Jesus' example can provide strength through suffering, said the late Rev. John Claypool, who was a Southern Baptist preacher in Kentucky and later an Episcopal priest in Alabama.

A Glimpse of Evil

"God really does understand from the inside what it's like to suffer, to be abandoned, to be alone," Claypool said. "You can't realize the absolute marvel of Easter unless you appreciate the suffering of Good Friday."
The events of Good Friday described in the Bible include the trial of Jesus, the shouts of the crowd to "Crucify him!" even when given a choice to free Jesus or Barabbas, followed by Jesus carrying the cross and being hung on it to die.
"Good Friday is so powerfully significant because it gives us a glimpse into the depths of human evil," Claypool said. "You see the best and the worst of human nature."

God shows incredible mercy and patience in the events of Good Friday, Claypool said.
"It's a time to reflect on the dark tendencies that are in all of us," Claypool said.

Suffering Christ or Glorified Christ?

In planning the mural for the Beeson Divinity School chapel dome several years ago, Samford University had to decide how to portray Christ: glorified or suffering.
He is portrayed in the artwork as exalted in heaven - but also with nail prints in his hands - to remember the suffering of the crucifixion.

"Theologically, we must keep Good Friday and Easter together," Divinity School Dean Timothy George explained. "Good Friday without Easter is doom and despair. Easter without Good Friday is empty sentiment and sentimentality. We have to remember what Jesus did on the cross, which is the fulfillment of God's eternal plan for the whole world. It has cosmic consequences."

Taking time to observe the solemnity of Good Friday helps prepare Christians for Easter.

"It's a day to be silent, it's a day to remember, to focus on who Jesus is and what He meant for humanity," George said.

Good Friday's message 'more relevant than at any other time,' for many Toronto Christians

It was a solemn day for many in Toronto's Christian community who took to the streets to commemorate what is believed to be the death of Jesus on Good Friday.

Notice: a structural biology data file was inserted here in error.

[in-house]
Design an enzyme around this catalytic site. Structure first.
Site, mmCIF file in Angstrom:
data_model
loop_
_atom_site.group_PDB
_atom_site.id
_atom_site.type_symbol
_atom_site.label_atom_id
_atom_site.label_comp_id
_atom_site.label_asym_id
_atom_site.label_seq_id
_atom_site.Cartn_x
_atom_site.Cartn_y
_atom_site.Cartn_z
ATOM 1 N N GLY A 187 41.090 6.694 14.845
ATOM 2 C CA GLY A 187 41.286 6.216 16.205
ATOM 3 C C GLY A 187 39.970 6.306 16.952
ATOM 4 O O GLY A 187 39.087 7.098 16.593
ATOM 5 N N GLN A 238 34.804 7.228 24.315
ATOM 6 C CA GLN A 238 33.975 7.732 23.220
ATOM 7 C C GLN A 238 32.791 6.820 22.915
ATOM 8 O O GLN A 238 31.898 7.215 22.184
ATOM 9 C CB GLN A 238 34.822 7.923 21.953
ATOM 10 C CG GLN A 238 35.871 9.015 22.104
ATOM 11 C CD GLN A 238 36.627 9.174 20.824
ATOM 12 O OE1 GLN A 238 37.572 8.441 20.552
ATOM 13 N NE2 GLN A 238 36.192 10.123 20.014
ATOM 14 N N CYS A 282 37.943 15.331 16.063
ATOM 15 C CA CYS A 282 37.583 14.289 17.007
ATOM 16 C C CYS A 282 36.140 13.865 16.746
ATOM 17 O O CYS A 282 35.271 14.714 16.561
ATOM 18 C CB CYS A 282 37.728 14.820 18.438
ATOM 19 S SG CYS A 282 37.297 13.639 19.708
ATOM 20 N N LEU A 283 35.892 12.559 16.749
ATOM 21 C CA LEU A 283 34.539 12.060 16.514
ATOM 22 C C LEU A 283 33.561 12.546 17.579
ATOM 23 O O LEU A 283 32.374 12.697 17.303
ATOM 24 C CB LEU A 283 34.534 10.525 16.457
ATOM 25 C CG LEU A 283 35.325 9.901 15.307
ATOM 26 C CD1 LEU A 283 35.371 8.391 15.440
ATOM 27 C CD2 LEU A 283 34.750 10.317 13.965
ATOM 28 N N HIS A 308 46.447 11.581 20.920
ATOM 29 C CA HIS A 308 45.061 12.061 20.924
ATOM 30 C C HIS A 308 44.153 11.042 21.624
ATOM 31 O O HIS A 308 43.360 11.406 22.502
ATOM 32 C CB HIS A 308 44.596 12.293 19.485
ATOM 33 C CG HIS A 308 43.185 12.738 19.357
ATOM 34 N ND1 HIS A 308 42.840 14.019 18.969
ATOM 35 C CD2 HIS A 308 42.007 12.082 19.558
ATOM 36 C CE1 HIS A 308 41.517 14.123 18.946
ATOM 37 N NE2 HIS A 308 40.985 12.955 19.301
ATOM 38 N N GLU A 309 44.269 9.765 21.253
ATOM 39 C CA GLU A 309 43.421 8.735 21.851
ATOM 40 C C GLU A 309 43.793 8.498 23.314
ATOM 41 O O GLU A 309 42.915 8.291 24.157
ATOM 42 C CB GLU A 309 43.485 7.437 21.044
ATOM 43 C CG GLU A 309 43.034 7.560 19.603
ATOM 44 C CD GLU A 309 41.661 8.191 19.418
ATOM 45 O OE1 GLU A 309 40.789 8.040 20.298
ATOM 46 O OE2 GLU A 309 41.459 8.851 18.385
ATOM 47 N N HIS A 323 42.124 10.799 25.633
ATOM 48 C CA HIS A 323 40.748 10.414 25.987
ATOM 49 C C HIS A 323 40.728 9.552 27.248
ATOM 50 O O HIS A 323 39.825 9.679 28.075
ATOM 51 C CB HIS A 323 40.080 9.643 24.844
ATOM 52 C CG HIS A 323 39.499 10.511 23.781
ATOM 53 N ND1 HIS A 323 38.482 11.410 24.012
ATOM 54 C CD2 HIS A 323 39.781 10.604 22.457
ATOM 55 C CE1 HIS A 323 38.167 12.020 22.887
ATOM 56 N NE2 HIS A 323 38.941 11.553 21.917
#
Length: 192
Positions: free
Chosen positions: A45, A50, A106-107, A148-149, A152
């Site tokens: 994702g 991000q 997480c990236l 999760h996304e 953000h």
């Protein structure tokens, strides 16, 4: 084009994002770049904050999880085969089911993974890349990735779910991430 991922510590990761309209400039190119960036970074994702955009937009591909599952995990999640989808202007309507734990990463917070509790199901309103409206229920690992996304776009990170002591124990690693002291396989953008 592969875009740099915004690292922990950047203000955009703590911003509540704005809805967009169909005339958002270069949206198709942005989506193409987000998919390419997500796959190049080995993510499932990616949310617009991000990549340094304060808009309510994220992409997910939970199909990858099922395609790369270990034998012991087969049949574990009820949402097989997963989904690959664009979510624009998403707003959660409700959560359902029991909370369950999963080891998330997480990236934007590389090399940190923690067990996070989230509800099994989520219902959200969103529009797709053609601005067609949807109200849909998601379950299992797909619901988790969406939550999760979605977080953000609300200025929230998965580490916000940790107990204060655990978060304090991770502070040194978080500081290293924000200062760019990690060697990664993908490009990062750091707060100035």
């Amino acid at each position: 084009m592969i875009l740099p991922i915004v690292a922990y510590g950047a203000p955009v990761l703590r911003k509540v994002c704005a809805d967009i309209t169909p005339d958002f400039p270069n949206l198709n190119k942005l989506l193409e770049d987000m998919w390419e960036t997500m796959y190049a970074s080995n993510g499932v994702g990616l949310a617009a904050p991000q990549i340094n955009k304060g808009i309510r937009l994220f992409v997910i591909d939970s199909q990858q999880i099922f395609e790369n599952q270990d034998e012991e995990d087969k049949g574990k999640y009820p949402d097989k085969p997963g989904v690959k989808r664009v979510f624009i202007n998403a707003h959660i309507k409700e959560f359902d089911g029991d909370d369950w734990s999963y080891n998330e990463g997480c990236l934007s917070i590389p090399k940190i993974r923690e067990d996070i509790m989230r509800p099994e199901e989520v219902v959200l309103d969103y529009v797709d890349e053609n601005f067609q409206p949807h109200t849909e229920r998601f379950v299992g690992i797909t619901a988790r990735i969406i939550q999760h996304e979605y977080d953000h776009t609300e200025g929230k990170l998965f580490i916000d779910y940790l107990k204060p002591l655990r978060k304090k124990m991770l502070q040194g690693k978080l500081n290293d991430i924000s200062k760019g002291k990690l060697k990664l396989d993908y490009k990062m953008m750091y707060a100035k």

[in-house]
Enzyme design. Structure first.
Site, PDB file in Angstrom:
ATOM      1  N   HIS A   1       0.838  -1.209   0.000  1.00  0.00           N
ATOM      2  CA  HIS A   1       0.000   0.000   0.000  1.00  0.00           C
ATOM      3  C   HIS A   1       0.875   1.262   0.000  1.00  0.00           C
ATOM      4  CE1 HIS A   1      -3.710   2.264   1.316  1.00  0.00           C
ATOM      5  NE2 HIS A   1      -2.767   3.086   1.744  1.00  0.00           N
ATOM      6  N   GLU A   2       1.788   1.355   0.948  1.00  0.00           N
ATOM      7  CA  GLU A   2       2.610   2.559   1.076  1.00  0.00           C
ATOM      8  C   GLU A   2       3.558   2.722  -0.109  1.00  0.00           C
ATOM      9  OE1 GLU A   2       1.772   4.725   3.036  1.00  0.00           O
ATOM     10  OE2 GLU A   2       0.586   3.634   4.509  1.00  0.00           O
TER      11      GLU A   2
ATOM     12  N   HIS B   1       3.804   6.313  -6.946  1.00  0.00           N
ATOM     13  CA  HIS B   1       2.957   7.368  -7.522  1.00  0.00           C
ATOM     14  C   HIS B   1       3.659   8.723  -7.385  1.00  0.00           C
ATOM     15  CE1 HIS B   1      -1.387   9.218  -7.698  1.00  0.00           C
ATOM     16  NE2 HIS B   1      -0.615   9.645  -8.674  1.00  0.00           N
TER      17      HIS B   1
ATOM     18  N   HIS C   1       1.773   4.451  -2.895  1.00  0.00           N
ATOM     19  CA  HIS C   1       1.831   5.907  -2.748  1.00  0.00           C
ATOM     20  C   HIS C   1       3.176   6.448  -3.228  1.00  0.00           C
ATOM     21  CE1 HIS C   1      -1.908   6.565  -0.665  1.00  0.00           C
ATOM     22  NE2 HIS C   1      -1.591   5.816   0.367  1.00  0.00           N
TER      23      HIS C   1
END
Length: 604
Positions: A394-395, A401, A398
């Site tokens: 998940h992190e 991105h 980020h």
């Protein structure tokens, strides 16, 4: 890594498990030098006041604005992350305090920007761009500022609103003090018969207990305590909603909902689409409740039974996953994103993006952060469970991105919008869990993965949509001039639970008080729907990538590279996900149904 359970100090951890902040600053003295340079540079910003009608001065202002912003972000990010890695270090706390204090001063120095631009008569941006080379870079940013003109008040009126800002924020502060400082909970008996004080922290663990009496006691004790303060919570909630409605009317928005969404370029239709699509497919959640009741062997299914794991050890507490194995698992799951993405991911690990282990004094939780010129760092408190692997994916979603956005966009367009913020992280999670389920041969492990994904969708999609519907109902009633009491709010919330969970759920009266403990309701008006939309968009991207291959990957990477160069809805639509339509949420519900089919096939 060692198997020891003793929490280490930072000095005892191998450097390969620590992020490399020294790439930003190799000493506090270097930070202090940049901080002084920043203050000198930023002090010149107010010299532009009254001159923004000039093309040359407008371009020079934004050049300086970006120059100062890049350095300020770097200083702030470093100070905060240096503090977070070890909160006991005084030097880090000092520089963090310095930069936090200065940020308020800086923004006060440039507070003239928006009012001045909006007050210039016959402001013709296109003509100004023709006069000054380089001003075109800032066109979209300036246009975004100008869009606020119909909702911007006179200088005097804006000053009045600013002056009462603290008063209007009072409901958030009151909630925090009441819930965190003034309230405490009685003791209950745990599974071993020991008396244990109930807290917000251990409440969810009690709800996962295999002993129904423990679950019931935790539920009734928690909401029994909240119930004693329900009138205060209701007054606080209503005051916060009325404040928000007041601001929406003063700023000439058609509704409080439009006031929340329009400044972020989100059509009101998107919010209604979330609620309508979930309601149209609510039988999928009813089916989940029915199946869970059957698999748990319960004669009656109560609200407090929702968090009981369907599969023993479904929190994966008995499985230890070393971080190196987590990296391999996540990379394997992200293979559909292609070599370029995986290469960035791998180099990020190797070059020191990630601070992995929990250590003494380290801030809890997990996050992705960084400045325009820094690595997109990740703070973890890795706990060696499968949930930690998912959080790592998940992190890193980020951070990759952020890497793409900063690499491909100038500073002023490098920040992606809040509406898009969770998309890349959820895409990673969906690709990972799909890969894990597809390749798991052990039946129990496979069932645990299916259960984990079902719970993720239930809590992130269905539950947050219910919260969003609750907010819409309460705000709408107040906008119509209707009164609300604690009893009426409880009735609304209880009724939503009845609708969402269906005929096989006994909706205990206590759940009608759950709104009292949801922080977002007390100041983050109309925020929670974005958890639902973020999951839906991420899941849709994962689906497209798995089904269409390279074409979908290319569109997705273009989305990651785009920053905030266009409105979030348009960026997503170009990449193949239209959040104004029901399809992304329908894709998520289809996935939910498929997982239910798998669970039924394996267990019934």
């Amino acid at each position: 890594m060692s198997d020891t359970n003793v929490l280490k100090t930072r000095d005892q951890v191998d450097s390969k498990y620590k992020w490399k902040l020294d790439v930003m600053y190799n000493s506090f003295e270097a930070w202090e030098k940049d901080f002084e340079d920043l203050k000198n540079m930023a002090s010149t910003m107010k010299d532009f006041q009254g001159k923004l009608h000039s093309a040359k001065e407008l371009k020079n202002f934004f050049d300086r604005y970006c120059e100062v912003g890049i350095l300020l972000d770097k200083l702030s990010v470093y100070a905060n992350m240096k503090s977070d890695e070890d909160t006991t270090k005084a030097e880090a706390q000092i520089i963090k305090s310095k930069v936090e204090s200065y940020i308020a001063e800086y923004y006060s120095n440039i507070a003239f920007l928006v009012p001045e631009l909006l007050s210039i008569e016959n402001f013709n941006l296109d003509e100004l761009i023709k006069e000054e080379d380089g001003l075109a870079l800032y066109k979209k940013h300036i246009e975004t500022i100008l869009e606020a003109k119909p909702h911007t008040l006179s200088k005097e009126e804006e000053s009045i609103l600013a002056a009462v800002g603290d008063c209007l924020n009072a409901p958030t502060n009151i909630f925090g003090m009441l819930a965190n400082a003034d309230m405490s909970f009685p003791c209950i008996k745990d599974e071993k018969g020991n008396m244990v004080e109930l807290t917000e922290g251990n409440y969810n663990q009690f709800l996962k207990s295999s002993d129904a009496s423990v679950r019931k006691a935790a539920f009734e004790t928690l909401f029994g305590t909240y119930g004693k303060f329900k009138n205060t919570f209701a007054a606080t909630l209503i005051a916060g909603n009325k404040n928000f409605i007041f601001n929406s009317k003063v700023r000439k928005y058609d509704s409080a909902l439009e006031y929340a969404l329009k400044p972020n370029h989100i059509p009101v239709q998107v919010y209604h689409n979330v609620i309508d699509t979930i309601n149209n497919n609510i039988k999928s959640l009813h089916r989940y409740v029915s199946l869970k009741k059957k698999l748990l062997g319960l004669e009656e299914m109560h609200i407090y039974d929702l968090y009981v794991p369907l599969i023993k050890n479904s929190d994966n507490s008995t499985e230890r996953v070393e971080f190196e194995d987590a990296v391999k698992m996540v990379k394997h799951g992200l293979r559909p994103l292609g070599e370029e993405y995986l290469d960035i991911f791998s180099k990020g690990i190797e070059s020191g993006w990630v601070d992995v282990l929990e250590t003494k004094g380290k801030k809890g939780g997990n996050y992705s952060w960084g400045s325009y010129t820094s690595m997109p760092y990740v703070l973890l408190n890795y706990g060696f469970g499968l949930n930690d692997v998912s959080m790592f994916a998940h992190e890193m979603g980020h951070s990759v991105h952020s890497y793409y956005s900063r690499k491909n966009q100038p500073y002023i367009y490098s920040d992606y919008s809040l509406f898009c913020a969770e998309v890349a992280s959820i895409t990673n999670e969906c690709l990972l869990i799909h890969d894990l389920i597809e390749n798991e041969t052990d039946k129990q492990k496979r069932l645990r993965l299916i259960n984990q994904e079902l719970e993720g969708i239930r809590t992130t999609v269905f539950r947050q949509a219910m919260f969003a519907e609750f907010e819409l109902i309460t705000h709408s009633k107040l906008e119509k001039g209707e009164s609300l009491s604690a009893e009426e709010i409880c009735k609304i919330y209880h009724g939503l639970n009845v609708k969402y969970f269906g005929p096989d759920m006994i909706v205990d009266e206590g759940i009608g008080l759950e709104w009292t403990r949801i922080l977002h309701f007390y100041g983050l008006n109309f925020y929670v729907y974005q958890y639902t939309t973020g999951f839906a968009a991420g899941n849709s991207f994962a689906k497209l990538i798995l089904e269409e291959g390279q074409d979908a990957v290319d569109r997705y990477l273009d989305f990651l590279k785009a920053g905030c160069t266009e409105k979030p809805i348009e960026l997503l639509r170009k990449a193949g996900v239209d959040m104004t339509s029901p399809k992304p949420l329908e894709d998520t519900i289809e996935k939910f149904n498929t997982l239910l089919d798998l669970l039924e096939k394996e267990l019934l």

Hundreds turned out to annual processions at the University of Toronto and in Little Italy to reenact the stations of the cross, symbolizing what Christians hold to be the path Jesus walked before the moment of his crucifixion.

And for Cardinal Thomas Collins the day was especially poignant, coming less than a week after twin bombings tore through Palm Sunday services in Egypt, claiming the lives of at least 44 Coptic Christians there and injuring at least another 100.

"Today is a very solemn day in the life of Christians because we commemorate the death of the Lord. We see the Lord, God himself, coming into our world and experiencing the violence which we go through. In the midst of that violence he brings love and compassion," the cardinal said.

Participating in procession makes faith personal, say some

"And I think we see that just recently of the terrible murder and massacre of those wonderful faithful Christians in Egypt. They responded with singing songs of love and faith and that is the way Christ teaches us on Good Friday."

Daniel Mammarella was among those who turned out to mark the day.

He says Good Friday's meaning is "more relevant today than any other time."

"Throughout history, whenever society opposes Christianity, we have to stand up and say, 'Yes, I'm going to be a Christian, despite what people think.'"

Participating in the procession brings home the symbolism in Mammarella's life, he said.

"You see a lot of things in movies but I have to make it my own. So when I do the readings for the way of the cross that we're doing right now, it brings me always back to the origin to my Catholic faith and how important it is for me every moment."

For Sasha Hellwig, who became Catholic last year, the day had added personal meaning.  She'll be confirmed into the Church this Sunday.

"This procession is really special for me because it really commemorates that Jesus died for my sins, and that I'm able to live that out through my life."